As for cooking venison 'backstrap' or 'loin'... I like a marinade of mostly red wine, with a little soy sauce, garlic, black pepper then grill very hot for 6-8 minutes til rare or medium rare. Let it rest a few minutes and slice into medallions. The marinade helps you get a nice char, even though it cooks really quickly. Good without sauce, or with balsamic or wine reduction. Buerre rouge is wonderful if you want to add a little fat.

                    1. re: samboca

                      Spot and I worked out the wording of the 'backstrap' and 'tenderloin'. I understood them to be the same because in Minnesota, the backstrap (tenderloin) is removed just after the deer is hung after field-dressing and before skinning. The loin is removed when butchering. I don't know why the interior piece of meat is referred to as the backstrap in Minnesota, but it is. I was always confused by it as well since it is on the inside of the back and not the outside of the ribcage. As I indicated upthread, we don't usually get to fancy with it as we're (me) cooking it in deer camp and the guy who shot the deer sometimes eats the whole thing if it was a smaller deer (and I have some pretty good-sized nephews, college football linemen).

                      1. re: John E.

                        Among hunters I think the term backstrap is fairly universal. I'm way down in Texas, and that's the only term I've ever heard used for it. I think you are probably hunting mule deer in MN? Mostly whitetails here which are smaller, ~65-110 lbs dressed.

                        John, you, Spot, and I know the difference, but putting this into cook's terms for the non-hunters is what I was aiming for. Those who purchase venison would probably never see the term backstrap on a menu or packaging label.

                        Don't you think the backstrap is the loin (not tenderloin)? It doesn't make sense to me that a venison tenderloin would be larger than a pork tenderloin, since pigs are larger. That's mainly why I refer to it as the loin instead of tenderloin. Also, I'm just curious since most of us just learn this stuff from our dads and their friends, there is not clearly understood terminology. I think even many Chowhounds don't know the difference between a pork loin and pork tenderloin.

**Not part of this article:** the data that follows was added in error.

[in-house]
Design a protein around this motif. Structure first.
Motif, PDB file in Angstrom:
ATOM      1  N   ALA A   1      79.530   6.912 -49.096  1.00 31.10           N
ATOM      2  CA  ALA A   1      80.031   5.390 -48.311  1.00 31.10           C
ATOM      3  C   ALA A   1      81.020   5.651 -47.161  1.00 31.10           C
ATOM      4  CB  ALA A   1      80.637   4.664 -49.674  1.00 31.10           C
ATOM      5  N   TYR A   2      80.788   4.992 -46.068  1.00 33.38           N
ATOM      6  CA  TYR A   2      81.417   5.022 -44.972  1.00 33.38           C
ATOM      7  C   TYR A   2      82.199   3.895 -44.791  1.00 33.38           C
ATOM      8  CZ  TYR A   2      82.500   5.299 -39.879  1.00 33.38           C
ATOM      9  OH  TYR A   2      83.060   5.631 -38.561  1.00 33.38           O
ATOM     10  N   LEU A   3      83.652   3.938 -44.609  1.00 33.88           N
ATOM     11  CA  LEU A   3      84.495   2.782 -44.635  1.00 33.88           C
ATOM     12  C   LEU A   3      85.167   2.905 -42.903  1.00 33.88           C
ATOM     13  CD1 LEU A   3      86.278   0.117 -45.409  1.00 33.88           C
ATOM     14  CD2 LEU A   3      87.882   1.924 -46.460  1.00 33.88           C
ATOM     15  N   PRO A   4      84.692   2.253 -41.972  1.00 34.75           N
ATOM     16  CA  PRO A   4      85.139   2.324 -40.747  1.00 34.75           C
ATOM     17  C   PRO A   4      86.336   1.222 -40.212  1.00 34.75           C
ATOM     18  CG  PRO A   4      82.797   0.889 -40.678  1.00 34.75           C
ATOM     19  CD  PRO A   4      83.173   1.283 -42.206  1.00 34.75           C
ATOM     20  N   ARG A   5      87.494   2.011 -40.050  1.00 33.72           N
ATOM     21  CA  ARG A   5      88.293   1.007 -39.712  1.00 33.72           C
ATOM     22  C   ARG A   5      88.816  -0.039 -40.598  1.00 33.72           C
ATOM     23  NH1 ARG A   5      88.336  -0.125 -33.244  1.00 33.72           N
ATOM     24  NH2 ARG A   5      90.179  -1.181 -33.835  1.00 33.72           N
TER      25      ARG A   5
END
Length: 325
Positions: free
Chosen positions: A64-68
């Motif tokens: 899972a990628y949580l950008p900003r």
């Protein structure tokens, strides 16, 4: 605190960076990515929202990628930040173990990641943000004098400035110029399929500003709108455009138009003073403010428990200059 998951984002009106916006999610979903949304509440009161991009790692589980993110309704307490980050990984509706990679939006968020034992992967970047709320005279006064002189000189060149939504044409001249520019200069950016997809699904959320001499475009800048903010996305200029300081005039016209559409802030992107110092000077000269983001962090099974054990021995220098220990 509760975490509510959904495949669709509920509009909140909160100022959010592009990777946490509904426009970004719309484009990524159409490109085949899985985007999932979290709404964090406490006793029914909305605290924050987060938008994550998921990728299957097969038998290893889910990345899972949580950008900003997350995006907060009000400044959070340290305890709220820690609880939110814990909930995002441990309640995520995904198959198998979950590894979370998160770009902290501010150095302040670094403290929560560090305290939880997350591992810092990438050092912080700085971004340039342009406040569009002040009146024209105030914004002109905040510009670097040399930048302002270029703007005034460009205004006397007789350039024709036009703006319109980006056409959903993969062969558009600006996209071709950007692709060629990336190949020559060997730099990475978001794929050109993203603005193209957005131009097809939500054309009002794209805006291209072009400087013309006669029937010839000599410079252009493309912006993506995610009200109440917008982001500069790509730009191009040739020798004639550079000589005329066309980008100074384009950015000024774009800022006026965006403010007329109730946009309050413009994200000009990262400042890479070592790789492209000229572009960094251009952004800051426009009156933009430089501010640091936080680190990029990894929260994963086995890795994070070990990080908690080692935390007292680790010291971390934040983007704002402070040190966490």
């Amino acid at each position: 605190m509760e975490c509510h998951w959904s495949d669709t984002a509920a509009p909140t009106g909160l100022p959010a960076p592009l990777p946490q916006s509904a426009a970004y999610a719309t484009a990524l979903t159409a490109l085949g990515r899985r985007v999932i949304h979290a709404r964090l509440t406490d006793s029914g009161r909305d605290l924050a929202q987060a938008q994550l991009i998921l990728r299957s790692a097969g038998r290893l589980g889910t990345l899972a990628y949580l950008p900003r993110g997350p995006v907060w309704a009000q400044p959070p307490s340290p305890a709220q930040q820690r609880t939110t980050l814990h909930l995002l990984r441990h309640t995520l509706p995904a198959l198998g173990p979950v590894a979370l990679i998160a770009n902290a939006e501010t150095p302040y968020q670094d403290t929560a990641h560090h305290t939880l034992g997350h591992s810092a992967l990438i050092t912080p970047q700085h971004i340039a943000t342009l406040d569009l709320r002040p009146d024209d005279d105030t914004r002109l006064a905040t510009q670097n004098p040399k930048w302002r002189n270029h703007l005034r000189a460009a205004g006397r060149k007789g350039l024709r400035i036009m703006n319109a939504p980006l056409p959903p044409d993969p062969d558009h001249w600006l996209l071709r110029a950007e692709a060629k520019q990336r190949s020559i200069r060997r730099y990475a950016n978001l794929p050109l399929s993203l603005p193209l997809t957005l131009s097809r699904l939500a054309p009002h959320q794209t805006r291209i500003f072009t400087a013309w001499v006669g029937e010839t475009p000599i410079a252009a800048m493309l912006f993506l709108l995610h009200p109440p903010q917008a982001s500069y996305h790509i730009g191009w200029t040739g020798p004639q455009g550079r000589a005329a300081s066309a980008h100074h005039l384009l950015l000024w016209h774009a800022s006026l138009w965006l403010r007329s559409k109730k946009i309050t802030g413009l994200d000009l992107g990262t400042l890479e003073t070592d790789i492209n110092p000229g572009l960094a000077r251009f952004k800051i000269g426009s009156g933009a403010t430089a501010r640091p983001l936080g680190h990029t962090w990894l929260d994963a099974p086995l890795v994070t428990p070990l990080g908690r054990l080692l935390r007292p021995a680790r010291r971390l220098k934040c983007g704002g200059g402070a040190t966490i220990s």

1. re: samboca

                          We don't have any mule deer in Minnesota. I have not even heard of any wandering in from the western Dakotas. The world record (heaviest) whitetail was shot in Minnesota, dressed out at over 400#. As I indicated, in hunting camps in Minnesota, the backstrap is the tenderloin, not the loin. I don't know how this terminology came to be. I don't see much venison in the grocery stores anyway, so I don't think there is much confusion with non-hunters, only hunters with different terminology.

                          1. re: John E.

                            Actually, I see now that the backstrap is different for the two of us. Didn't get that previously. Sorry for the confusion on my part. I'm no expert on North American game, it just sounded like you are used to dealing with larger deer and assumed a different species. I don't kill many mature bucks, so don't see a ton of deer much over 100 lbs dressed.

                            Mainly what I was trying to point out is that what is commonly referred to as tenderloin is actually loin. The backstrap discussion is another issue entirely. Interesting discussion though.

                            1. re: samboca

                              I think generally our deer get bigger in Minnesota than they do in Texas but we seem to be getting yearlings to two year-old deer. There is one large buck around our property, a large 12 or 14 pointer. One of my older brothers first saw it three years ago and the neighbors have photos of it from their trail camera. As far as we know it's still out there.